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Slow magnetization dynamics of small permalloy islands

dc.contributor.authorKoo, H.
dc.contributor.authorLuu, T. V.
dc.contributor.authorGomez, R. D.
dc.contributor.authorMetlushko, V. V.
dc.date.accessioned2008-08-14T13:21:51Z
dc.date.available2008-08-14T13:21:51Z
dc.date.issued2000-05-01
dc.identifier.citationH.C. Koo, T.V. Luu, V. Metlushko and R.D. Gomez, “Slow magnetization dynamics of small Permalloy islands” Journal of Applied Physics 87 (8), 5114-5116 (2000).en
dc.identifier.urihttp://hdl.handle.net/1903/8374
dc.description.abstractThe conditions that lead to specific domain configurations and the associated switching characteristics of small permalloy islands were studied by using magnetic force microscopy. By measuring a large number of particles, it was established that islands that have nonzero remanent moments ~nonsolenoidal! exist in one of three distinct configurations, namely: ~a! true single domain, ~b! quasisingle domain with edge closure patterns, and ~c! multidomain with nonuniform internal magnetization. The configuration depended upon the island width as well as the aspect ratio. Islands that are 310 nm wide or less are true single domain particles at low aspect ratios (;1.87) and higher, while islands wider than 500 nm always exhibited edge closure domains even for very large aspect ratios. In the range between 310 and 500 nm, the onset of single domain behavior was a function of the aspect ratio and thickness. Our studies involving in situ applied field similarly revealed the mechanisms of the reversal processes for each of the configurations, which correlated quite well with the values of the switching fields.en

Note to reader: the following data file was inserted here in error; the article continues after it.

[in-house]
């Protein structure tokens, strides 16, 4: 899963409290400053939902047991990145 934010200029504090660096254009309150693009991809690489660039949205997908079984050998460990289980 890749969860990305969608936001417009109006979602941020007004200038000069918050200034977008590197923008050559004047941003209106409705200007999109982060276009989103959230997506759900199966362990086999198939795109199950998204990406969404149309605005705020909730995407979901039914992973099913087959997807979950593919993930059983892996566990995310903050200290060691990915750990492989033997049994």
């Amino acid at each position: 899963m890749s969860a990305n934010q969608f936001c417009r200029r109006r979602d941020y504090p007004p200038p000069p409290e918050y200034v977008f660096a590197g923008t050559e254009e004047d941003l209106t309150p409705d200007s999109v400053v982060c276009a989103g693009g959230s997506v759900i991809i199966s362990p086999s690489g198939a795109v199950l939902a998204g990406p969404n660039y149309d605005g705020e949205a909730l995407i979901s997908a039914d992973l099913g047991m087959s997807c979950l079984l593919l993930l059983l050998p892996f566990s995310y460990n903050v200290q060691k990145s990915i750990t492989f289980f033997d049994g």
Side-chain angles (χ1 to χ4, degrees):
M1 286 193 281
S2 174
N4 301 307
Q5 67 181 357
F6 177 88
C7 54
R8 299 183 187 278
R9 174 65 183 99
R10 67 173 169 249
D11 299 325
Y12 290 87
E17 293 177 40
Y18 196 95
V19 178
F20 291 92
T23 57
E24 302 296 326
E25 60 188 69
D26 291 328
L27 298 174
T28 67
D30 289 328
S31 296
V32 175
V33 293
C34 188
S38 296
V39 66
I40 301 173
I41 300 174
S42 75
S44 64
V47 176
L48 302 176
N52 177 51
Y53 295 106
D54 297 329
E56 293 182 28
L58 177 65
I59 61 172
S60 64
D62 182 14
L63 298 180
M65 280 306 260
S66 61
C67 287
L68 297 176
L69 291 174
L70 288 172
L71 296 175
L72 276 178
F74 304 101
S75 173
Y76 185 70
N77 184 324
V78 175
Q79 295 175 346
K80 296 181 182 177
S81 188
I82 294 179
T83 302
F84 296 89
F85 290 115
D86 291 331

dc.format.extent364793 bytes
dc.format.mimetypeapplication/pdf
dc.language.isoen_USen
dc.publisherAmerican Institute of Physicsen
dc.subjectmagnetic force microscopyen
dc.subjectaspect ratioen
dc.titleSlow magnetization dynamics of small permalloy islandsen
dc.typeArticleen
dc.relation.isAvailableAtA. James Clark School of Engineeringen_us
dc.relation.isAvailableAtElectrical & Computer Engineeringen_us
dc.relation.isAvailableAtDigital Repository at the University of Marylanden_us
dc.relation.isAvailableAtUniversity of Maryland (College Park, MD)en_us
dc.rights.licenseCopyright 2000 American Institute of Physics. This article may be downloaded for personal use only. Any other use requires prior permission of the author and the American Institute of Physics. The following article may be found at http://jap.aip.org/.


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